Having had the opportunity to attend the recent Maryland Climate Change Summit, it was both enlightening and reassuring that our governor, the legislature and our state agencies are taking proactive positions in planning for what cannot be stopped and a leadership role in reducing what is driving temperature increases so that future impacts may be constrained, primarily those of sea level rise and flooding.
With 3,200 miles of bay and ocean coastline, Maryland has already lost 13 islands, and as sea levels continue to rise, we will lose thousands more low lying acres over the next decade, including marshes, forests, farms and developed land.
That afternoon, traffic reports indicated that vehicles were already backed up at the Bay Bridge for the weekend run to the beach, and I was reminded of the May 26 article in The Sun, describing concerns of the current bridges' safety, costs and life expectancy. By 2025, increases of more than 40,00 Saturday, and 16,000 daily vehicles are expected. I couldn't help but envision all of those cars backed up at the tolls, spewing the very carbon dioxide responsible for most of the warming and resultant sea level rise that we are currently experiencing.
Many Eastern Shore residents are rightfully concerned about the developmental impact that would occur if a new bridge span were constructed, as some feel the need for.
It seems time to decouple ourselves from paradigms of the past. Decades ago, Walt Disney built a futuristic monorail as a demonstration of how people can be rapidly, comfortably and efficiently whisked to their destinations. Though the monorail has not been emulated in our cities, transit systems such as BART in San Francisco, the TriMet System in Portland, and totally computerized trains in places like Copenhagen are great examples of modern transit. The Baltimore light rail/metro system, is gradually moving toward regional continuity.
Might it not be time to establish a high speed transit link between the Western Shore and beach destinations that would eliminate excessive traffic, reduce gas consumption and carbon dioxide emissions, and save time, energy and frayed nerves? You could arrive at the shore refreshed, relaxed and ready to enjoy! Those who wish could still use the existing spans. It would be a win/win situation for both commuters and the businesses at the shore, increasing visits, both during the summer and through the rest of the year. The pressure would be off the road system, eliminating the need to pave more impervious surfaces and create more runoff. It is possible that in many places, existing rights-of-way could be used.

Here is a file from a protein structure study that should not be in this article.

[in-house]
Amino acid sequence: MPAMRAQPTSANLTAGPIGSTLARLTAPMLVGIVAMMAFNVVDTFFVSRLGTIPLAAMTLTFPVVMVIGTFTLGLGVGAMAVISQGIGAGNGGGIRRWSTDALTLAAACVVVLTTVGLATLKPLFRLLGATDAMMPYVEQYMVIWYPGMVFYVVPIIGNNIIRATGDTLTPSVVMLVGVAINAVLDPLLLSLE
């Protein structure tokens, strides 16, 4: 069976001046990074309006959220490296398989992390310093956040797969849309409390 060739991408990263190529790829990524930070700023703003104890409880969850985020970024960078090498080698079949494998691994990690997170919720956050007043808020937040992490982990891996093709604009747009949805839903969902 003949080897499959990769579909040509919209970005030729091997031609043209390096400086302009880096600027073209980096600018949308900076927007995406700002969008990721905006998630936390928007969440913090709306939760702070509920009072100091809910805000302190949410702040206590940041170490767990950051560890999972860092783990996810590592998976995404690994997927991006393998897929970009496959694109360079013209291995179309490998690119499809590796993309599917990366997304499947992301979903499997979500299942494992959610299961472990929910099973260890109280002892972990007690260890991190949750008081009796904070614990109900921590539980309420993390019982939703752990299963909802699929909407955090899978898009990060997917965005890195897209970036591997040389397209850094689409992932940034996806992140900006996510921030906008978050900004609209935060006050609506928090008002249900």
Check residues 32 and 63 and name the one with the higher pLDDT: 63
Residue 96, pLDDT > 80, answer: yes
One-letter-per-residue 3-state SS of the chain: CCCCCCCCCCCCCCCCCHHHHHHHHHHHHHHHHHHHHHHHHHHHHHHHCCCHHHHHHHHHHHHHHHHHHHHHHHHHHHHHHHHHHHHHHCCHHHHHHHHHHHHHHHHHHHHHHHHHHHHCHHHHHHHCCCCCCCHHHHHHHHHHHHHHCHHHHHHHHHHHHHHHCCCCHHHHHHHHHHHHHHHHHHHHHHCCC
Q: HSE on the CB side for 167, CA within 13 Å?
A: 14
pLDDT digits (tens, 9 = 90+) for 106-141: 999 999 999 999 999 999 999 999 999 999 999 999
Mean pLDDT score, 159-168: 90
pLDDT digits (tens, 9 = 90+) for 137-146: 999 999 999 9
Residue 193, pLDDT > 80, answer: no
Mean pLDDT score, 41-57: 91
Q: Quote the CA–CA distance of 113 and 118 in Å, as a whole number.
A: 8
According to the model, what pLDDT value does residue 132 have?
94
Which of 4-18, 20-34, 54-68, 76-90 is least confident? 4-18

Visionary ideas drive innovation and can solve vexing problems. Elon Musk, co-founder of Tesla and founder of SpaceX, is purported to be planning an ultra high speed, hyperloop rail line between Los Angeles and San Francisco. Perhaps we could lure him to Maryland to develop a short-range prototype between our Eastern and Western Shores. If that is not an optimum application for the technology, there are many other manufacturers that could step up to the challenge.
Stan Kollar, Harford County
The writer is a biology professor at Harford Community College, where he developed the Environmental Technology Program.Copyright © 2014, The Baltimore Sun